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Juergen Landström (at age 4) presents his new sculpture
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Broedy Landström (age 3) working on a new painting
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One of my studio helper
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Kids and art


Children are natural born artists. Everyone is born with a natural knowledge and instinct for play that produces images and objects which are truly revealing. No school on Earth can teach what kids already know.

As we grow our environments have a tendency to cause us to unlearn that which we were given from birth. You can probably recall, for example, being “taught” how to draw a tree which produces something that does not remotely approach what a tree truly looks like or what it feels like as the sight of a tree touches your soul.

Those that concentrate on their artistic talents have to work hard to refind those natural instinctive abilities. To watch a child, who has not “unlearned” what he or she already knew in their mind’s eye at birth, draw on a page is to have a rare glimpse into the spirit world from which they came.

I find that doing art with kids is very enlightening to me as an artist. They can teach you so much. If you have children of your own you already know what a wonderful quality-time activity art making is. Here are some ideas that may add to your fun:

Save everything: bottle caps, buttons, scraps of wood, house paint, cardboard tubes (paper towel rolls, etc.), foam, fabric… Kids will find a way to use it on some project.

Magazines: cut out body parts, food, objects, cars, bright colored spaces, and so on for collages or surface treatments. Department store shopping bags are often great sources of deeply colored, tough paper.

Buy Cheap: Kids don’t need professional supplies. You can buy washable paint by the pint (it’s cheaper in bulk), unclaimed house paint (latex- don’t use oil based paint with young kids) can be had for a couple of dollars at hardware stores, Chinese bristle brushes are under a dollar and last a long time.

No Rules: anything goes (assuming nobody can get hurt). There’s no right way or wrong way to draw, paint, sculpt… no matter what. That’s half the fun.

Don’t ask, “What is it?”- This implies you expect them to do it differently the next time, or that they’ve failed in what they’re sharing with you. Enjoy it for what it is (they understand it better than we do anyway). Instead you might say something like, “Tell me about this” or “I think that’s interesting. What do you think about it?”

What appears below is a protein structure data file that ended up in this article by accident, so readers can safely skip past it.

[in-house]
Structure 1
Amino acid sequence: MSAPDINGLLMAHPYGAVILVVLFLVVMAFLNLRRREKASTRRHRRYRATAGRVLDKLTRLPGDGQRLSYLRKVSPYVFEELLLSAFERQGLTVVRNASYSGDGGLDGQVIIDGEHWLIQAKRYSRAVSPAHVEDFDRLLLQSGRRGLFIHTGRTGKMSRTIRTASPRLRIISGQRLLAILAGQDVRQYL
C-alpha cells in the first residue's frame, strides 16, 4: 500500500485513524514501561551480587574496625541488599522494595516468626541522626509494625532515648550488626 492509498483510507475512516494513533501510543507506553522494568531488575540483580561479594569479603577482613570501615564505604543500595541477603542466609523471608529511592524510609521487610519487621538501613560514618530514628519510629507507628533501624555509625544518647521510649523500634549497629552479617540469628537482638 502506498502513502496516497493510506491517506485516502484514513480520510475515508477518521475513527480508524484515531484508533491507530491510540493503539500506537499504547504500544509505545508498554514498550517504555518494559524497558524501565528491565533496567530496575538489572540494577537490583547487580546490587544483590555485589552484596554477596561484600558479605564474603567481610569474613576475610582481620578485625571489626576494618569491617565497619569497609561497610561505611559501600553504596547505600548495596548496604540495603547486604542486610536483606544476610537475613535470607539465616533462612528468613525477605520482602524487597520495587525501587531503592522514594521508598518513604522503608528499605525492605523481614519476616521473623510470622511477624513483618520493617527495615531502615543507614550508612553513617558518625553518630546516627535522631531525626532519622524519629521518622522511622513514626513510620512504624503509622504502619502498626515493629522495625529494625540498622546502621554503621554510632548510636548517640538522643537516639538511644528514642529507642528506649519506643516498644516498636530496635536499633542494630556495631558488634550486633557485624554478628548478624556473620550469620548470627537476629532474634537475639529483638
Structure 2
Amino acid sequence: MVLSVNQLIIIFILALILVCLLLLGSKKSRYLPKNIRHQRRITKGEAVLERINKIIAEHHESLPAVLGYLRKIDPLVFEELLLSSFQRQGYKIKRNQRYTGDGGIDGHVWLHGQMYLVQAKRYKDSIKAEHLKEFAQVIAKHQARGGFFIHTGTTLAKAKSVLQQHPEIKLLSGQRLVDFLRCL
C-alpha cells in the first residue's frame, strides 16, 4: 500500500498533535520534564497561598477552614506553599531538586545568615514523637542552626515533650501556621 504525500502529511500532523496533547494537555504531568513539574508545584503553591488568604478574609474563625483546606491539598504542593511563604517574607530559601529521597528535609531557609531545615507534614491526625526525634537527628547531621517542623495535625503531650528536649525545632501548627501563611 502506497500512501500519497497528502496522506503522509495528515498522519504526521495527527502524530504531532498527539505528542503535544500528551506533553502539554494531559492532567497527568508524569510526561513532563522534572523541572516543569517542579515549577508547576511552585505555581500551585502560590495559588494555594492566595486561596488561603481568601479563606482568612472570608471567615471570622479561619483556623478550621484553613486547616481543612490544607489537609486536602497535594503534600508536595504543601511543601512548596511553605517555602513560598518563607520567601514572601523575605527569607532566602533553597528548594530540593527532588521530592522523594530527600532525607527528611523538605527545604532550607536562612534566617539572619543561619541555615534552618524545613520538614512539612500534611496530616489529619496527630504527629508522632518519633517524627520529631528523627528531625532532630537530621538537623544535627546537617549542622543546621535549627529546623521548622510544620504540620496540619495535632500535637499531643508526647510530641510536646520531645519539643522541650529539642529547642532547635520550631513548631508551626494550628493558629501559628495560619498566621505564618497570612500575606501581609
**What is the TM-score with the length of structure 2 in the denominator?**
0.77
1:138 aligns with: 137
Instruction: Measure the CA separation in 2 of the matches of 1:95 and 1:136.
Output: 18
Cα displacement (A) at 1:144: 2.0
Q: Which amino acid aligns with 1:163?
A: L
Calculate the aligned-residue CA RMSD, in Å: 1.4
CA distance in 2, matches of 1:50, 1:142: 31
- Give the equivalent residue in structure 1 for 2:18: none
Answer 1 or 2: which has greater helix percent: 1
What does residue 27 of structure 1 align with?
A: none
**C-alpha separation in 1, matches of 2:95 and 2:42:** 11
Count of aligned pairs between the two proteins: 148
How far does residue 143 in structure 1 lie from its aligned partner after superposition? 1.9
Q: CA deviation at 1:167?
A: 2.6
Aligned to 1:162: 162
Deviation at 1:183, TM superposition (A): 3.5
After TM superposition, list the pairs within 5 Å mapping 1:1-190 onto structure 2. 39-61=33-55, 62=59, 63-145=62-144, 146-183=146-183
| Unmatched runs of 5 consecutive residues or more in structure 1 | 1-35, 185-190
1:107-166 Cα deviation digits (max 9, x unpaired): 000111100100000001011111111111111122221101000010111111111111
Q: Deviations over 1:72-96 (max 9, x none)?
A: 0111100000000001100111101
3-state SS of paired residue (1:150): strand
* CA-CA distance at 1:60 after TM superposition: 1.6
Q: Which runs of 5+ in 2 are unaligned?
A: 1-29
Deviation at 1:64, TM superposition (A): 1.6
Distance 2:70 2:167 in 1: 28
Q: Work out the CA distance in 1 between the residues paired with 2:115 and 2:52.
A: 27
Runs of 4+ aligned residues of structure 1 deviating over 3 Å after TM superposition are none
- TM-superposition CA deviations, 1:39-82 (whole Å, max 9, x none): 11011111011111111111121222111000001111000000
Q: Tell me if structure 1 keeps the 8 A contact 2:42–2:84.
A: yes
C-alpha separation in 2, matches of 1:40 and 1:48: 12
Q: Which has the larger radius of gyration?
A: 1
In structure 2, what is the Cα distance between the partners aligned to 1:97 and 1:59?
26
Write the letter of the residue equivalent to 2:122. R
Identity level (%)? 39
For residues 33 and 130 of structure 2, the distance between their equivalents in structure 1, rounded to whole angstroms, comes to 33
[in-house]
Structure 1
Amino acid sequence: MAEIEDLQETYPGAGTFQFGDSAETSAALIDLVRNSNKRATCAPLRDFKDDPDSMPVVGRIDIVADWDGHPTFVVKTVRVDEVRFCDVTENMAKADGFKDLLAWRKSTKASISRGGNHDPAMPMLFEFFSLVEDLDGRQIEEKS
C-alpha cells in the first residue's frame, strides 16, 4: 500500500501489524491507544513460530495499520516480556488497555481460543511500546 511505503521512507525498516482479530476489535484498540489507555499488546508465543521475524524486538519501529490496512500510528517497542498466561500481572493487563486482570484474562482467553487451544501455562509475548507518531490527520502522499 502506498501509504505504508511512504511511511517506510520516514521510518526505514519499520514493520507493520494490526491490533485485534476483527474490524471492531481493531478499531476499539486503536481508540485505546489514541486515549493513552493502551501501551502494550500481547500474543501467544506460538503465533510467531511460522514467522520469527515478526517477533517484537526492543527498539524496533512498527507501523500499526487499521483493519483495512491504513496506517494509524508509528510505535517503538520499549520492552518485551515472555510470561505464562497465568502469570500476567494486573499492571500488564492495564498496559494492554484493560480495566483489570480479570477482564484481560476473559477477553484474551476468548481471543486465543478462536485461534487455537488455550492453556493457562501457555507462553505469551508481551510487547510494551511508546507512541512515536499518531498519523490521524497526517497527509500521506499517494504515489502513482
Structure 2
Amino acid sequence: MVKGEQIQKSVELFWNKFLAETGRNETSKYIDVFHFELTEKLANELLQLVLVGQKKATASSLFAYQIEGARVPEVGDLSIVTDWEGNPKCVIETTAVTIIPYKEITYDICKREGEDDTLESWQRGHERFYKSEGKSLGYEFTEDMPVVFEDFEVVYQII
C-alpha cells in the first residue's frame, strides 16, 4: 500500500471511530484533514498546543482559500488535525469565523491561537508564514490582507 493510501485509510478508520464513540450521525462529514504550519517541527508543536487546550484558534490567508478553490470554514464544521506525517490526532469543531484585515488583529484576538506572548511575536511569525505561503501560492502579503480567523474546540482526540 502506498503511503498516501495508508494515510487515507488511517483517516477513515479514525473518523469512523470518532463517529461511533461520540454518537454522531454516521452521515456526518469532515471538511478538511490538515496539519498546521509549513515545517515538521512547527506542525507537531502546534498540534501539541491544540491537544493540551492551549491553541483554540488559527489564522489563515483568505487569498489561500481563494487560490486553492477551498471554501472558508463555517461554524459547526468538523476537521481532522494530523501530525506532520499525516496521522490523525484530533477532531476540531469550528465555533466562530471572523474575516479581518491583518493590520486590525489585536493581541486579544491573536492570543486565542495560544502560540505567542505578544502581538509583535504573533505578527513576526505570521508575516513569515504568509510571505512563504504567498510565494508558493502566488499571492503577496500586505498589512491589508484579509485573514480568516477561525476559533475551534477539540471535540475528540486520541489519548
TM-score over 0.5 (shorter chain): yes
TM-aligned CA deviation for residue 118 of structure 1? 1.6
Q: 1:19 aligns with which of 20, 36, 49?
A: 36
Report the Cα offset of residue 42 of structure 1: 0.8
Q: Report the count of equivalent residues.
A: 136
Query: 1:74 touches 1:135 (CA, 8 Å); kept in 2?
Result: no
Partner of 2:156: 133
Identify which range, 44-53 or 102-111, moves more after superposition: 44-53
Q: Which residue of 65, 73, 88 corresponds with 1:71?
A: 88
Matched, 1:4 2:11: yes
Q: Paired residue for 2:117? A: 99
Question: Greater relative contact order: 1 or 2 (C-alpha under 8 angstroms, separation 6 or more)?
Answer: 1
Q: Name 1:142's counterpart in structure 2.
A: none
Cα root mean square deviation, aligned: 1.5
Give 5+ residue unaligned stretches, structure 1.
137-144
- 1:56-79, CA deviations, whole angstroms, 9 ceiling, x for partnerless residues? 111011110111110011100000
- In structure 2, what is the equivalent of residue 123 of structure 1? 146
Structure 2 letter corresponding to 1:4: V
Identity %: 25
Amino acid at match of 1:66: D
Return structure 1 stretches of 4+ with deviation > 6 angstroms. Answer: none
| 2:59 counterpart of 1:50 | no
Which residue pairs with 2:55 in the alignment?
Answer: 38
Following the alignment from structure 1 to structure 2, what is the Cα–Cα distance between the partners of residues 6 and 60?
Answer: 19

Avoid Oil and enamel based paint, and all pastels- Solvents are dangerous and the dust from artist pastels are usually toxic (believe it or not,… especially when we tend to blow the dust off the page).

Be ready to help with any hammering, drilling, sawing, cutting, etc. that they can’t do or shouldn’t do, so that process doesn’t get in the way of the energy. Let them be the boss with this.

Those of you outside of the U.S. may think the following point trivial, but this is an issue in America: Numerous academic studies have revealed that regular exposure to art and music studies in schools improves academic performance in so called non-art related subjects. This is not surprising. There are few areas in life in which one can be successful without drawing upon both sides of the brain.

Basic problem solving, advanced mathematics, physics, engineering, and so on require creativity and the ability to think abstractly. Besides the utilitarian benefits, a person has a better chance of being well rounded if their educational experience provides that opportunity. A child is fortunate if her/his school includes art programs in the curriculum.

In my opinion, of equal import is the inclusion of general studies, technology, and so on in fine art programs. Many young people who have answered their calling to become artists have enrolled in “Colleges of Art” and “Art Institutes” which have rich and deep studio programs, only to find themselves lost regarding what to paint or why to paint once they leave the college. This is a disservice to the students who are better served with a well rounded, broadly exposed educational experience.

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